One of the surprises of the last month has been answering people’s polite, “and what do you do” questions.  And the answer has changed, just like my official address, from, “well, I nanny, and tutor, and blog, and I’m working on a children’s novel” to simply, “I’m a writer.”



Sometimes, if I’m meeting someone with Evan, he’ll explain how he’s just finished a Masters in Teaching and is looking for a secondary social studies position. Then people will get so excited talking about who they know who could be a good contact, that the conversation never circles around to what I do. I’ve escaped for the moment. Also, I am extremely interested in those connections for Evan; that is the current and large project of the spring: find Evan a good job.



But it’s also that introducing myself as “I’m a writer” seems so audacious. Sometimes, it feels like someone might say, “no, you’re not.”  I would nod, because sometimes I don’t feel like I’m a real writer either.



Saying I’m a writer seems to be tantamount to saying I’m a good writer or good at writing. Then someone could simply read a paragraph of my dyslexia, grammar, and syntax error filled prose and declare that I’m neither good at writing nor a good writer.  But, so far, no one has said that. People say a whole lot of different things, but so far no one, except in my own imagination, has told me that I’m not a writer.



I think I hesitate to tell people also because for so long it’s been a secret. It’s been a hidden part of me and my heart. And I’ve worked on writing a book in secret. Some of this is my own protective reflex to hide the vulnerable part of me that has received so much criticism from teachers over the years. And some of the desire to be quiet about the book writing has been respected advice from others: don’t talk much about a work in progress because people can be unhelpful in their comments or criticism.



I have found that to sometimes be true. I used to work hard on having a good summary, an elevator pitch of my book for people. But I stopped that after someone rather close to me said, “Oh, so you’re ripping off Narnia.” I certainly hope I’m not.  I was torn at that moment from being rather hurt at that accusation, to almost laughing because it was almost comically rude. So sometimes just to keep people from saying something inappropriate, I’ve kept my description rather vague, for their own sakes. I usually say something like, it’s a children’s novel with dragons and fairies and gnomes.  Although last Sunday, I did have a sweet older man at church ask with some concern about whether vampires were going to be in my story and seemed quite relieved that, as far as I know, they are not.



But the truth is, that we moved here in large part so I could “be a writer.” It has been years of preparing for this transition, Evan going to back to school, me writing along side tutoring and nannying, and moving 750 miles west. So now that we’re finally here I have to, or get to, introduce myself as a writer.  It’s a vulnerable thing. It’s an audacious thing. It is in many ways, an act of faith. I feel God’s call on my life to be a writer, dyslexia and all, so I need to step out and say that I am a writer.   I imagine that I would feel more official and real with an agent or an accepted manuscript, or a published book. But perhaps it would, or will, not. Perhaps claiming that I am writer will always feel mostly like an act of faith.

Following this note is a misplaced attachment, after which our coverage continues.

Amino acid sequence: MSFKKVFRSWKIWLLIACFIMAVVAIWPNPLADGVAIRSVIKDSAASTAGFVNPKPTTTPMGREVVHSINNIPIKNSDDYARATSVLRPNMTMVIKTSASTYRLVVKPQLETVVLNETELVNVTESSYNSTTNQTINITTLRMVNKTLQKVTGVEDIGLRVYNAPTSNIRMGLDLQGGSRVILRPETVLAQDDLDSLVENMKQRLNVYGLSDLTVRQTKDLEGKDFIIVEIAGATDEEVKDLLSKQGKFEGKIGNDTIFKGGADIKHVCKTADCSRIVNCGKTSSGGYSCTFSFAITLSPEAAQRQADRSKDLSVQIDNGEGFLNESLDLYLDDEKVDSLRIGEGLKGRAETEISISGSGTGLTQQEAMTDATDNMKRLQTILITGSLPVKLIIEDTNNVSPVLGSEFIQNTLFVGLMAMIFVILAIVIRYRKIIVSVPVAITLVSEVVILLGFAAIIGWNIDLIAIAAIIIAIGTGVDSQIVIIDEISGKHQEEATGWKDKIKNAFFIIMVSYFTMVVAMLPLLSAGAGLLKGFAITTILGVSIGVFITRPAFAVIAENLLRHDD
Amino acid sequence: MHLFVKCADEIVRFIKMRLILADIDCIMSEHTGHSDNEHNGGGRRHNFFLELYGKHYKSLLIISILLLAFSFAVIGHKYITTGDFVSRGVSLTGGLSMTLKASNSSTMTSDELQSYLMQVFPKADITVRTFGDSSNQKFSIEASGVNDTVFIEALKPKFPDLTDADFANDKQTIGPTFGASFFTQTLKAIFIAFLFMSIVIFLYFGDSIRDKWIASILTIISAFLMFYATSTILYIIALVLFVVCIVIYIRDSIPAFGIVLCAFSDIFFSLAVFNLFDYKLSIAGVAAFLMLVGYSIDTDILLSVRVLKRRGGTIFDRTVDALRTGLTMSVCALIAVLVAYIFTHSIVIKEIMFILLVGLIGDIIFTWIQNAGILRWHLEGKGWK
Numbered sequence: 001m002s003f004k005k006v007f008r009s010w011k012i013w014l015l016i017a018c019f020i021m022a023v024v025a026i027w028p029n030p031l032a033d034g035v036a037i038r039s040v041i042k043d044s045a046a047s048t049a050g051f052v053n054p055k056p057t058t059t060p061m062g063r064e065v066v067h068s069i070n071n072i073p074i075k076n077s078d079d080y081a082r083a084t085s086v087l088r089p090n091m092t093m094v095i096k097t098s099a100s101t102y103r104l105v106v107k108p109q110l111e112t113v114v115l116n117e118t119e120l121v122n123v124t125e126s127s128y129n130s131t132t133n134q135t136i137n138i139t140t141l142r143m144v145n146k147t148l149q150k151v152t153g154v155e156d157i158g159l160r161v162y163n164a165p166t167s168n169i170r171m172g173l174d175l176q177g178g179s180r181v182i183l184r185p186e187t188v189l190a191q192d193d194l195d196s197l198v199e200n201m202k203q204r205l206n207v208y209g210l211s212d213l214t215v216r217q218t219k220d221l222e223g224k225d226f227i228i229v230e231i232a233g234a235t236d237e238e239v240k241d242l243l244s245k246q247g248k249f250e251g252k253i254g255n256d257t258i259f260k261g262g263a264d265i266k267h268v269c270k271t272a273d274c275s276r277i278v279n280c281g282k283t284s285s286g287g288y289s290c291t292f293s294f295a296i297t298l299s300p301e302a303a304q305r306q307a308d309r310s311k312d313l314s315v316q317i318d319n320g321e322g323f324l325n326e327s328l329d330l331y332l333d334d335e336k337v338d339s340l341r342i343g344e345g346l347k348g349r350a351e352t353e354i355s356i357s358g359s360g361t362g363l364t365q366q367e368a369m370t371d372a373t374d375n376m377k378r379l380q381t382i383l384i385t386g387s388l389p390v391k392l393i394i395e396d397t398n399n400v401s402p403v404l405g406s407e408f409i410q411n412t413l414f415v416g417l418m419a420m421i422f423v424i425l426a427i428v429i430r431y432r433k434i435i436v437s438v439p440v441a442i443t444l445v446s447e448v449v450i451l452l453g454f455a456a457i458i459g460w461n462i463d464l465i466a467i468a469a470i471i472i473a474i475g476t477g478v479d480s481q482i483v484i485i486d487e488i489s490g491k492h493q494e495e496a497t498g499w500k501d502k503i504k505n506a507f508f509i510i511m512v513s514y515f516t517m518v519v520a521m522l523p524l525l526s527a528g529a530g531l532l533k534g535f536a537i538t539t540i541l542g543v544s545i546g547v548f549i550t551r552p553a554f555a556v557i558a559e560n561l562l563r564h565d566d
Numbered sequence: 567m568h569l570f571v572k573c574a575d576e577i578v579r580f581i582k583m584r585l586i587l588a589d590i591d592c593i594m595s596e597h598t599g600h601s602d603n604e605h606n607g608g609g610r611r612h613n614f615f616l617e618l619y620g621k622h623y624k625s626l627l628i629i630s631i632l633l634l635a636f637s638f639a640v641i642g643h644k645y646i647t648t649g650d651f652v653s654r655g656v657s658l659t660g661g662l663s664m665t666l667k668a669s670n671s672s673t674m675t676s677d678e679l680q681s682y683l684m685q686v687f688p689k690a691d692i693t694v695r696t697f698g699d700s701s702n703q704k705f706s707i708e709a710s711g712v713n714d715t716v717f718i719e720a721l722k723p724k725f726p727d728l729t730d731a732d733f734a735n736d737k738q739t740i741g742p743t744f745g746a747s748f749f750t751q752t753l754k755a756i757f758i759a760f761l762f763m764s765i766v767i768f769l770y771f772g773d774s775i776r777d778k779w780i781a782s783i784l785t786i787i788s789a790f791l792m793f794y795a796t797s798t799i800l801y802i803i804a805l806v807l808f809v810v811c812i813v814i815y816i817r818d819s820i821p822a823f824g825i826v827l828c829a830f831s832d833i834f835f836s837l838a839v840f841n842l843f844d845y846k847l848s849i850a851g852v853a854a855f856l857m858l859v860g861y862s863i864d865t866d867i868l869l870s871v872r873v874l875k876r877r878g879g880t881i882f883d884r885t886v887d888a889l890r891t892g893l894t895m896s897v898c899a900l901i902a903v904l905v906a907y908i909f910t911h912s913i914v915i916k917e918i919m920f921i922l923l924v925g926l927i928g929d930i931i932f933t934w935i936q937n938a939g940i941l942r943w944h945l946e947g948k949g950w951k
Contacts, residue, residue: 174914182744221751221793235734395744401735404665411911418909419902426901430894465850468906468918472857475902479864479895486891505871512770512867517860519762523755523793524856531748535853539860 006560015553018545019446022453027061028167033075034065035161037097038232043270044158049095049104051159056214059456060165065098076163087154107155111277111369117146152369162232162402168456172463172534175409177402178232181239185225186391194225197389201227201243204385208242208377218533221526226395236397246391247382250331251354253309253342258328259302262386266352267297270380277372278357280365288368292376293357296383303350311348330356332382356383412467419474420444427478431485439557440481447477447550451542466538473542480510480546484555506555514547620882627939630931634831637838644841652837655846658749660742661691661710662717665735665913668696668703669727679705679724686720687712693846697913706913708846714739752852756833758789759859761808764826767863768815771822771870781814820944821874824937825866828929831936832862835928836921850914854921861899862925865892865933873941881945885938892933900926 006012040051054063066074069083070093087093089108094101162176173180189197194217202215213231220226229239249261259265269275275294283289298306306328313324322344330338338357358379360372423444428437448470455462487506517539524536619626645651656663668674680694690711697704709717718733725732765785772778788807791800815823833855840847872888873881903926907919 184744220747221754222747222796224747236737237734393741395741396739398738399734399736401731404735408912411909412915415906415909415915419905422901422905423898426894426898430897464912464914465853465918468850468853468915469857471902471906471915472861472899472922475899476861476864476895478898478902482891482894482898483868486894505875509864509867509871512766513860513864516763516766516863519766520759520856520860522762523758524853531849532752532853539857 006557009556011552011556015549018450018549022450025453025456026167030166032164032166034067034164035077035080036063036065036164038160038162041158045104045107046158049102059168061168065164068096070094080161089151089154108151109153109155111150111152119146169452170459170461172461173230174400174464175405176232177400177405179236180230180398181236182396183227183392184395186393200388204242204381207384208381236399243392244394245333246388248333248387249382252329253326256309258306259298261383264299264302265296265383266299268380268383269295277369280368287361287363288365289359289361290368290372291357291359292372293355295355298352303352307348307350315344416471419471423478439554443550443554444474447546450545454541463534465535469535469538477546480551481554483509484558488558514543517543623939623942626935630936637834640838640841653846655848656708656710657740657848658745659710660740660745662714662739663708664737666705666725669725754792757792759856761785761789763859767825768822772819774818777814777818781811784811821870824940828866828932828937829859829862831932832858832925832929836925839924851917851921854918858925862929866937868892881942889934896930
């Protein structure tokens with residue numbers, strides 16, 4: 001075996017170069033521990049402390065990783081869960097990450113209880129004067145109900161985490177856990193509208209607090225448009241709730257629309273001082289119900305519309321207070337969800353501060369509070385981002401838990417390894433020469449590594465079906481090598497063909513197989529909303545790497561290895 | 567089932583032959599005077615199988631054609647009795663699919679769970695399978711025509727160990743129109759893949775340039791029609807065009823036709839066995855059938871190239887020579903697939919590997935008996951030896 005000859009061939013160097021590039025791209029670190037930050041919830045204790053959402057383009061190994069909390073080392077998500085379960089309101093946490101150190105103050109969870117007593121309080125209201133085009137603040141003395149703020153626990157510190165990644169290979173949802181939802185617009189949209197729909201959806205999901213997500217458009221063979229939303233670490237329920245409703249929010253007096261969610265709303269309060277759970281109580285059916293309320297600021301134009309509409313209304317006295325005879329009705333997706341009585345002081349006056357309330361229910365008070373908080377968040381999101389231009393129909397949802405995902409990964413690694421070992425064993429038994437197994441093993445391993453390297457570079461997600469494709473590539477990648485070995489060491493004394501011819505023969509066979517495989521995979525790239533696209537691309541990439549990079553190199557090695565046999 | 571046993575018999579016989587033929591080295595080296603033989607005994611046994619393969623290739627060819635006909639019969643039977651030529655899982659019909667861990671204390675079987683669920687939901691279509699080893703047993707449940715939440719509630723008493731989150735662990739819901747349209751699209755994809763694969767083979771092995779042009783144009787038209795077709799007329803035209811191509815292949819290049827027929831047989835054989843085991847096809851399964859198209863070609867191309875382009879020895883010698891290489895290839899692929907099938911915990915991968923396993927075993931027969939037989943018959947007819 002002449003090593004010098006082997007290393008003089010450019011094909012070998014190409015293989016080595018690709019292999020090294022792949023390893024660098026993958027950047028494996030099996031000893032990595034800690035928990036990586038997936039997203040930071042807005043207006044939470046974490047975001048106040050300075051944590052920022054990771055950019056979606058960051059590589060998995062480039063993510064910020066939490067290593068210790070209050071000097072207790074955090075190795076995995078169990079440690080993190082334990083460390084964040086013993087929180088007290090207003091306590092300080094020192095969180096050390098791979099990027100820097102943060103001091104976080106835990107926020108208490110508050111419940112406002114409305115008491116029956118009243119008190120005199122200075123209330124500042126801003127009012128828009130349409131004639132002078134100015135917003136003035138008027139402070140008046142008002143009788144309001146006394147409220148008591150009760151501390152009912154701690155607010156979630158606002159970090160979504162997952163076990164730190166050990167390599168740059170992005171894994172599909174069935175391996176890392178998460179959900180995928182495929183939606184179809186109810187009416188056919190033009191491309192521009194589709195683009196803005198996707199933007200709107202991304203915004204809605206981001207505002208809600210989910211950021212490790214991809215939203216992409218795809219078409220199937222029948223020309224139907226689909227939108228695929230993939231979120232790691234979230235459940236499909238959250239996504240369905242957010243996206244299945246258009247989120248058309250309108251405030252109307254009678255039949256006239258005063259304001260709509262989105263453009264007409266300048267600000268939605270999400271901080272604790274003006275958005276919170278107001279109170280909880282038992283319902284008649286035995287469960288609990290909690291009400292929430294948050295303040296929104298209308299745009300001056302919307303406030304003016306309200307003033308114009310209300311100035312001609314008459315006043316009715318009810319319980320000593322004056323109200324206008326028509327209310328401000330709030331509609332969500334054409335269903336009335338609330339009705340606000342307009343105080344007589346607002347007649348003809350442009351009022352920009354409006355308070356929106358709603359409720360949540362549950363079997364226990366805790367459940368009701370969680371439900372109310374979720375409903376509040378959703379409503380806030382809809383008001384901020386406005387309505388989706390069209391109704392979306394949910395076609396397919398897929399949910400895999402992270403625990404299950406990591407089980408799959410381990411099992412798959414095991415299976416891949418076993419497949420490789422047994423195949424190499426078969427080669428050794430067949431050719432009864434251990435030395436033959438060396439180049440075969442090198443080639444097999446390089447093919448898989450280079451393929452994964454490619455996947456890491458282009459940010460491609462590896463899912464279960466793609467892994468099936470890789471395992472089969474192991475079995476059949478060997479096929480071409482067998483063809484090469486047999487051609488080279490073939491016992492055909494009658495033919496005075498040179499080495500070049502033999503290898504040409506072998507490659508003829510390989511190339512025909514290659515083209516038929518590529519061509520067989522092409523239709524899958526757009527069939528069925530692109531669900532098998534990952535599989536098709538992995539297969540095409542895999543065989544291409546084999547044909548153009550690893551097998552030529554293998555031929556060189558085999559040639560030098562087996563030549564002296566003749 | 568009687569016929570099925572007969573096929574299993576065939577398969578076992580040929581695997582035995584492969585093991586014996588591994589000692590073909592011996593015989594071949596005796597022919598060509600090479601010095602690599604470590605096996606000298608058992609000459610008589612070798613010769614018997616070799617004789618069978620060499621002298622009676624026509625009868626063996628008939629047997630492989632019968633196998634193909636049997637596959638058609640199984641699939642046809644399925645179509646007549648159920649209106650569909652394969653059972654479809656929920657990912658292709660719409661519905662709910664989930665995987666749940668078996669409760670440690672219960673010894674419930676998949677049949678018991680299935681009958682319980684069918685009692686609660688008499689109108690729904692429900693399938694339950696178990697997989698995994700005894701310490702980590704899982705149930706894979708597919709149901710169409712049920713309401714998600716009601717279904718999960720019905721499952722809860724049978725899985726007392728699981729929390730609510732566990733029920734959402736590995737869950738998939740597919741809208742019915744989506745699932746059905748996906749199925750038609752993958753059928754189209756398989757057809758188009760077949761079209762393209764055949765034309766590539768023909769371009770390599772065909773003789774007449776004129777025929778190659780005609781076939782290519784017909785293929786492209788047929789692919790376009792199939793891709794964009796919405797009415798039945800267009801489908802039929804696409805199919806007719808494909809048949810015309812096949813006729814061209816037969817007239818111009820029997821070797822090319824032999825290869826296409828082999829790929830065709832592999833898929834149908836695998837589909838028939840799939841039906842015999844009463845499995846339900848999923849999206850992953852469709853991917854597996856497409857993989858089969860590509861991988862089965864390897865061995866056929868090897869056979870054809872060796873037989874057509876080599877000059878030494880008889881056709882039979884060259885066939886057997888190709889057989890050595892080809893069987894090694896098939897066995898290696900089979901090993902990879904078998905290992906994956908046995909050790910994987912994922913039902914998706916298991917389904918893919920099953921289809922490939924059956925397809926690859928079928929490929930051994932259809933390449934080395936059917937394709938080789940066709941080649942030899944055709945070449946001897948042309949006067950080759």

The funny thing about wanting to write for children, is that I actually talk with children about my writing very little. I mainly talk with adults (and I hope they’ll read my work too). But two weeks ago, Evan and I were invited to Sunday lunch by a sweet family with two little boys, six and four. And then at the lunch table, the question circled around to me “What do you do, Amy?”

“I’m a writer. I have a blog, and I’m working on a children’s novel,” I answer.

The sweet six year old asks, “What is a children’s novel?”

“Well, it’s a book for kids, but it’s a chapter book, so it’s a longer book.” I explain.

“What’s it about?”  The younger brother asks. And I throw caution to the wind, all the good advice about not telling people what it’s about. I just dive in. “It’s a story about a little girl named Molly…” I begin.

And they are solemn, their blue eyes almost unblinking as they listen to my words about the beginning of what I have been filling notebook after notebook with. I finish, leaving them with the quest that the children in the book will have to undertake.



The conversation turns to something else. But five minutes later, the six year old, blurts out, “Are there pictures in your book?” I know in his head it is all finished, that I have just left it at home. I explain that I draw pictures for myself, but I’m not very good at drawing dragons. He, who loves to draw too, seems to understand this. Dragons are hard to draw. (They are hard to write, while I am on the topic.)



It was a magic moment, and one that I treasure—the excitement to read what I have written. And honestly, there have been quite a few adults who have after we finished said, “I want to read it!” And I want them too.



I still feel like I am play acting being an adult and being a writer, but perhaps that is what it means to be a writer: to play with words, make believe on paper, so you can give a child a book with drawings of a dragon in them.



How has the way you’ve introduced yourself changed over the years?


11 Responses to Introducing myself as a writer

  1. Amy Bruno says:

    Amy Rogers Hays, Writer, I can’t wait to read your stories!! And I love your drawings, too! Miss you!

  2. Anne Hays says:

    I would reinforce the thought that you are a writer if you think of yourself as one and are working at being a writer. Don’t be afraid to say so.